Collections that reflect a love of London are the calling card of Martine Rose, a talented fixture on the British menswear scene who is making international waves as a consultant to Demna Gvasalia and his Balenciaga men’s line.
On Sunday night, guests descended upon a small cul-de-sac called St. Leonard’s Square in a leafy north London neighborhood to watch her latest ode to the British capital unfold. As ever, she used the base materials of everyday street life to underpin her collection — think chav sportswear and office drab — but with the addition this season of a new male muse: a smiling survivor of the ‘90s rave scene. There were psych-patterned shirts and spray-painted high-waist jeans, knits inspired by the drum and bass music scene, battered square-toe loafers and lots of black leather, from bombers to big baggy pants and used as detailing on layered shirts and waistcoats.
The front row crowd, which included fashion figures like Virgil Abloh and Luka Sabbat, sat on plastic chairs next to bemused but smiling local residents; lots of the latter also held small parties in their front gardens or hung out of their windows to watch the show. All seemed charmed by a collection that attempted to personify the current London spirit: a grizzled geezer, stylish but rough around the edges, who has seen it all and then some but is still ready for more.
Samuel Ross, a finalist for the prestigious LVMH Prize, showed his latest A-Cold-Wall collection on Sunday, an offering packed with experimental ambition and momentum.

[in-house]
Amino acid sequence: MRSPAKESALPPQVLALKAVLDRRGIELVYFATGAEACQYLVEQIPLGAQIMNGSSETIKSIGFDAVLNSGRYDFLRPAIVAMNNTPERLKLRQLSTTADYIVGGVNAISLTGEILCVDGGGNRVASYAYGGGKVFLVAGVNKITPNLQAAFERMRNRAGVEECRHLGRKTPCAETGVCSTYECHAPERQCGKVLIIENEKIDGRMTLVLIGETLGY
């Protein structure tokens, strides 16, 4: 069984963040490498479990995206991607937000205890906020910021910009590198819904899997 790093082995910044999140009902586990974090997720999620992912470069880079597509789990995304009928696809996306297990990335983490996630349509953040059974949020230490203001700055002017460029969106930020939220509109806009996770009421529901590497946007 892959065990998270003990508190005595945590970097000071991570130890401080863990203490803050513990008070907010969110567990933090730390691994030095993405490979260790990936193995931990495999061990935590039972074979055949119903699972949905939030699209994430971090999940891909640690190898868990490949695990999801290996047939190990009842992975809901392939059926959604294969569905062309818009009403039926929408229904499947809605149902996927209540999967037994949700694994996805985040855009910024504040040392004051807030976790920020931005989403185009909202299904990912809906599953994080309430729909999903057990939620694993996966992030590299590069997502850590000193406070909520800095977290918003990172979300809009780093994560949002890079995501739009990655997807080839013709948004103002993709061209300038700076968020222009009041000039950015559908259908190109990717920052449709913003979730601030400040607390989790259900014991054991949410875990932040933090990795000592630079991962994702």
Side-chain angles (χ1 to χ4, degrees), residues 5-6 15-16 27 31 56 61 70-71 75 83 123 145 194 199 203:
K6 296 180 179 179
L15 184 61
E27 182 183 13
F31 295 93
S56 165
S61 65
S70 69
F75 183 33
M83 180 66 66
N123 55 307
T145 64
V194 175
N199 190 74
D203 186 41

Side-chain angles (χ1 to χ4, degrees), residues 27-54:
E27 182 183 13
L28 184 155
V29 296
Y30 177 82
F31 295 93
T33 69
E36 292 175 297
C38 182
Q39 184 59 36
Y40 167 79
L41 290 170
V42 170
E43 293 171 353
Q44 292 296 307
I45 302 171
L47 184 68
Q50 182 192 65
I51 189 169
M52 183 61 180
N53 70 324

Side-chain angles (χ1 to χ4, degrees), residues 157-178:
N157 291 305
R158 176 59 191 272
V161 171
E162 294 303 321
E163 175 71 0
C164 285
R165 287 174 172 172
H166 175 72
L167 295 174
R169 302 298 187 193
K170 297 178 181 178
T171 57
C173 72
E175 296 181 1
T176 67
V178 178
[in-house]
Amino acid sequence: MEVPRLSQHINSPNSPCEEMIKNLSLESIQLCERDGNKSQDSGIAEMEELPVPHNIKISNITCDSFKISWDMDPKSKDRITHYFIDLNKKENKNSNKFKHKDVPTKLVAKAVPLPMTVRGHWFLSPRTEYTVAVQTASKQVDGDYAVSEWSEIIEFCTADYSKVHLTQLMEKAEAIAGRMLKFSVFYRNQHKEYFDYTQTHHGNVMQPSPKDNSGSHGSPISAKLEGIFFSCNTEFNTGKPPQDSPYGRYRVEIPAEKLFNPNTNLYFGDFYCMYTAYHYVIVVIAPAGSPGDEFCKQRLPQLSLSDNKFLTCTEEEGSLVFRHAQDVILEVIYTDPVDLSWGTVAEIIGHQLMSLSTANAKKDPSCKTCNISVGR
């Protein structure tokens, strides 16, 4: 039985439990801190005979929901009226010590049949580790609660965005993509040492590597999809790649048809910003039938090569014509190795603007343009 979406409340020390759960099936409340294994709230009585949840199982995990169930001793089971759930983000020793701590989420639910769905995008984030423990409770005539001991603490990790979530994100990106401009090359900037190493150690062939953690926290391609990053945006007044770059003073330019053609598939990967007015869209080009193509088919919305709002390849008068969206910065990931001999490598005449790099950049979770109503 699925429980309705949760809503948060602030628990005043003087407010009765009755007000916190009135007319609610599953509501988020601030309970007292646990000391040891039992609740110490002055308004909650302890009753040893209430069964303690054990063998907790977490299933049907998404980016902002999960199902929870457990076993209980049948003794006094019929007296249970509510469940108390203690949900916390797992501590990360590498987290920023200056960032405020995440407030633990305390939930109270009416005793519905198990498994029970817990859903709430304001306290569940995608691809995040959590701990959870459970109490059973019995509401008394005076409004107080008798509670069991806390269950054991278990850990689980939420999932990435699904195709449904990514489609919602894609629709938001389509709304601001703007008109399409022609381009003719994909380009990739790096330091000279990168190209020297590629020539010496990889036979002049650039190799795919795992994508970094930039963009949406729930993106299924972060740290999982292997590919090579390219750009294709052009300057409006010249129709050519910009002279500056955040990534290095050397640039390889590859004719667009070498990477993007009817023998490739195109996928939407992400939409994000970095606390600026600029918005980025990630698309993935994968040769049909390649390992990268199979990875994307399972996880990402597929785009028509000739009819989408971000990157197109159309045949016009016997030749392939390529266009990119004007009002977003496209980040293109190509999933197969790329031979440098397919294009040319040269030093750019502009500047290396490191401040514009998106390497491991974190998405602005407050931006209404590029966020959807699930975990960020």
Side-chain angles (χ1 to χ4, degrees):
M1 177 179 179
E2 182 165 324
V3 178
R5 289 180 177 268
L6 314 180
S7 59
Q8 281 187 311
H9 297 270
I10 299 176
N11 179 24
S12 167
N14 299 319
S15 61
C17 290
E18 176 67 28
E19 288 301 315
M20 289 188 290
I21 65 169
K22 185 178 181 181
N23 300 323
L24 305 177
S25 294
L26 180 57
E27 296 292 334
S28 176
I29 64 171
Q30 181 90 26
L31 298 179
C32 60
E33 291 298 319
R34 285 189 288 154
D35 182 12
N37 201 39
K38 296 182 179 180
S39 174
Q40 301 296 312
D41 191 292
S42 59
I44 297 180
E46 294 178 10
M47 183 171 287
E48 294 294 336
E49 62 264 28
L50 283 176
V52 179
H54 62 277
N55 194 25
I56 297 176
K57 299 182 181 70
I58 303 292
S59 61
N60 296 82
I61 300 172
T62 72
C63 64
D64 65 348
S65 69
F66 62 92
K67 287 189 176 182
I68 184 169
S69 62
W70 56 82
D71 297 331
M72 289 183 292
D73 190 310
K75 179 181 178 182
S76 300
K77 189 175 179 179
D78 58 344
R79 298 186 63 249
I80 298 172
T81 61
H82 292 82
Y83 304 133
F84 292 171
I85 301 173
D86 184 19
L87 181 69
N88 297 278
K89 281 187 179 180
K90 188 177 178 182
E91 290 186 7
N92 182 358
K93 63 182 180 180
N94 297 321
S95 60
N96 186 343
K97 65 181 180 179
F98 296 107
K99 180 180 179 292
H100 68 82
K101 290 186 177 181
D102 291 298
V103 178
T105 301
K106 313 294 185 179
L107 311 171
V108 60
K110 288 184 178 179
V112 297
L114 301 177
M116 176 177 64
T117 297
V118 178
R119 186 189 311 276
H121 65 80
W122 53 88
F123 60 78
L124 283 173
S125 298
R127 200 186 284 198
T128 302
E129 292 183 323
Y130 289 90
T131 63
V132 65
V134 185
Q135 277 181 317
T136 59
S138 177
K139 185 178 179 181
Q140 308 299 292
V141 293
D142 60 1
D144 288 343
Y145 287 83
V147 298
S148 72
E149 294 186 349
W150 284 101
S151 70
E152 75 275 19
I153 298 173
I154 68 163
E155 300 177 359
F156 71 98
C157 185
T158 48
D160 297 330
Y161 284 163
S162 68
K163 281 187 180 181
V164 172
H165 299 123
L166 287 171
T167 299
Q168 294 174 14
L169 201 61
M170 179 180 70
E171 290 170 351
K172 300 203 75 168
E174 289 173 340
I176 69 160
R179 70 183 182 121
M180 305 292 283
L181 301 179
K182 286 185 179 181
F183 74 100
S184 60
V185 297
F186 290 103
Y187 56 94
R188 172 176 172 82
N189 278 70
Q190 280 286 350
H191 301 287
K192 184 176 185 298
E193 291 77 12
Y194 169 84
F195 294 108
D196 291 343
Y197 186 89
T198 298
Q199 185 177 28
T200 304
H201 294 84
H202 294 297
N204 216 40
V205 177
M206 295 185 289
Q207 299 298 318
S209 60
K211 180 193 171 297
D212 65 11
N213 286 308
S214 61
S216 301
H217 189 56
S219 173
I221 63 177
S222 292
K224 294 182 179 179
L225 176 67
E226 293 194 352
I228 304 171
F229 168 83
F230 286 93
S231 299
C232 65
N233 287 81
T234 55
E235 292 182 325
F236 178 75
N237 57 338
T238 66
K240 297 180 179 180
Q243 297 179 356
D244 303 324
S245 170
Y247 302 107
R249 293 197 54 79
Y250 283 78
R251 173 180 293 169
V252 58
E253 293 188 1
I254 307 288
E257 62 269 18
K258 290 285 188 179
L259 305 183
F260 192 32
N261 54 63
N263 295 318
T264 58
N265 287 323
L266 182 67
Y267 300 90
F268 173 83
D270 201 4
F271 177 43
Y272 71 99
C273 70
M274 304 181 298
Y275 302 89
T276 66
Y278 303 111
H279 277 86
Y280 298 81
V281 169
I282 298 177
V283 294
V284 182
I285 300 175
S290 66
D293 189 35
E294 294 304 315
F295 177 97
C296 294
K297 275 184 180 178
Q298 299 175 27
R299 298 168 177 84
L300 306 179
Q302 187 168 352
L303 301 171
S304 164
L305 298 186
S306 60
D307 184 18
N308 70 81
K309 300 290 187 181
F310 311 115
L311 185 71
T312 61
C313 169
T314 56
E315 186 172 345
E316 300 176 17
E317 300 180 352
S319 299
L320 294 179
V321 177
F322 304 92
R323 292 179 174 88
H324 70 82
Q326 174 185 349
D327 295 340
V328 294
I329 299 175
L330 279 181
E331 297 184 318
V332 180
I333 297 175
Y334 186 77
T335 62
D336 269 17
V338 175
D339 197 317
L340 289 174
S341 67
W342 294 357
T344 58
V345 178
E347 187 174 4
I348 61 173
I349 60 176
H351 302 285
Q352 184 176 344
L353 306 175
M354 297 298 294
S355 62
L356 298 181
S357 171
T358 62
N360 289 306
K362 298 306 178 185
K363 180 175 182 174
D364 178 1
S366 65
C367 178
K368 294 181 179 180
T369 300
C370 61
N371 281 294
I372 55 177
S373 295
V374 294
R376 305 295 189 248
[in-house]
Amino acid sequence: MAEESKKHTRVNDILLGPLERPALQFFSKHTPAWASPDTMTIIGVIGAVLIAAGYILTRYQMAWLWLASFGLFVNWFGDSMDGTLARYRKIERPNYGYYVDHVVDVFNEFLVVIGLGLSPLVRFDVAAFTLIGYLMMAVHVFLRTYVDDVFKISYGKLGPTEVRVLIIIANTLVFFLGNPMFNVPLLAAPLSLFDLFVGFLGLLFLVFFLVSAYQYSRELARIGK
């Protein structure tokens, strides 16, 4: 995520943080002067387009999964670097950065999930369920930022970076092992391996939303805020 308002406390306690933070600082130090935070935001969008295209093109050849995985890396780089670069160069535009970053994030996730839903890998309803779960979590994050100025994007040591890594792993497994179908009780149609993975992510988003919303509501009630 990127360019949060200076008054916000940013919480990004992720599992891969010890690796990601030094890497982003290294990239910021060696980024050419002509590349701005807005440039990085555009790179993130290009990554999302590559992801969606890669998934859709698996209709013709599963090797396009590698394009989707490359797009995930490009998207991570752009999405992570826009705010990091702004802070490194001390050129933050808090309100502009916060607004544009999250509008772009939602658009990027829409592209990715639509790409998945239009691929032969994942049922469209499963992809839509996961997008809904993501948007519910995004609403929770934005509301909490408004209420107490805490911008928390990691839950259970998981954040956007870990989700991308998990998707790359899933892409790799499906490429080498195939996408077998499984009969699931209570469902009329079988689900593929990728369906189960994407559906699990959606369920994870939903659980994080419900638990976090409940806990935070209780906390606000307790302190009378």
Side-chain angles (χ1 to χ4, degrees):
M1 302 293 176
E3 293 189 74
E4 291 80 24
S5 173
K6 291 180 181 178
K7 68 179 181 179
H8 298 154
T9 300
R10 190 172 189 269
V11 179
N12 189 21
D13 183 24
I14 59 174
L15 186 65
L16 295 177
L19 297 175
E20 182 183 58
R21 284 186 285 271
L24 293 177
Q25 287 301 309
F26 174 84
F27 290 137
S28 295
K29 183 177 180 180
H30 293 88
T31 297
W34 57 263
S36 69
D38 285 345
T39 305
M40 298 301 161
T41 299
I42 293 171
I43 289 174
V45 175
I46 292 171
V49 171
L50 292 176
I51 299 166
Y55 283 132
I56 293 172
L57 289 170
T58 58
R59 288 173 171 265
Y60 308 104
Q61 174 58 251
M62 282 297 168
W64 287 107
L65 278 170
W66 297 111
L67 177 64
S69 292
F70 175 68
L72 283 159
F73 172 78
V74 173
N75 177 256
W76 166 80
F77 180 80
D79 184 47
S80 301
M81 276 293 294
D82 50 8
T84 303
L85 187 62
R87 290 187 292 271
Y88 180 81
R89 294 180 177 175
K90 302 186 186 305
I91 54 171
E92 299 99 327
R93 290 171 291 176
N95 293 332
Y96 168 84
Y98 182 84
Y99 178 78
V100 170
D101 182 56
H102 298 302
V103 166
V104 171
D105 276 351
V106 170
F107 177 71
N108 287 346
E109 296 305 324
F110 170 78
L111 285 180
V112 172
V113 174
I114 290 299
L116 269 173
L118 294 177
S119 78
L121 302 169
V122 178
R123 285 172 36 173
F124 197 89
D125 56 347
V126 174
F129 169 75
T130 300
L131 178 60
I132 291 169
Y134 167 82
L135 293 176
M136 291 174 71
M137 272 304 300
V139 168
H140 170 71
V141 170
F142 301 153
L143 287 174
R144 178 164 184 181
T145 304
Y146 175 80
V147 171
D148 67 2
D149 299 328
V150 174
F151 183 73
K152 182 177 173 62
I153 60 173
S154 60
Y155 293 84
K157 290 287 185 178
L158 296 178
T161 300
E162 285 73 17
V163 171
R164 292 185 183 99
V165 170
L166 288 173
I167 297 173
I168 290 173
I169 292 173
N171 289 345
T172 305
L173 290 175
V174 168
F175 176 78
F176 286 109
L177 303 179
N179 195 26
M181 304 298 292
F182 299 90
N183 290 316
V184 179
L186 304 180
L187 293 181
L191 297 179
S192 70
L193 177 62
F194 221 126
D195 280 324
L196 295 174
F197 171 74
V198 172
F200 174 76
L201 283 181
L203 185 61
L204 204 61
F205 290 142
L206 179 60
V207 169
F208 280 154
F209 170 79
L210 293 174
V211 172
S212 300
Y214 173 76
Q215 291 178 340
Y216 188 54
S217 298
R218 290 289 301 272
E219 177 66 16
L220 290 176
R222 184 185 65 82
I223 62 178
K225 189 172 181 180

Inspired this season by Brutalist buildings in Britain — and, more specifically, by the ways spatial relationships and urban architecture can impact the psyche — it was clear on arrival at the show venue that things could get physical. Guests, presented with ear plugs, masks and plastic goggles, donned them apprehensively and then the show began, with some models, eerily dressed in dark gray hoods and painted top-to-toe with clay, moving as one body down the middle of the runway. Next came the clothes: deconstructed wardrobe staples in highly technical fabrics and with industrial touches, Ross’ most accomplished and considered collection to date. Standouts were two-tone puffers and shimmering zip-up jackets shown alongside parachute pants, either with blown-up pockets, pull cords or finished with detachable pouches. Gray sculpted briefcases and bags also showed real promise, the designs speaking for themselves in a show where the performance components sometimes threatened to drown out everything else. For example, the sight of a naked man bursting, bloody and “reborn,” from a Styrofoam structure and then slithering around on the floor was a little much for some, though not for Abloh, who had come to support his protégé.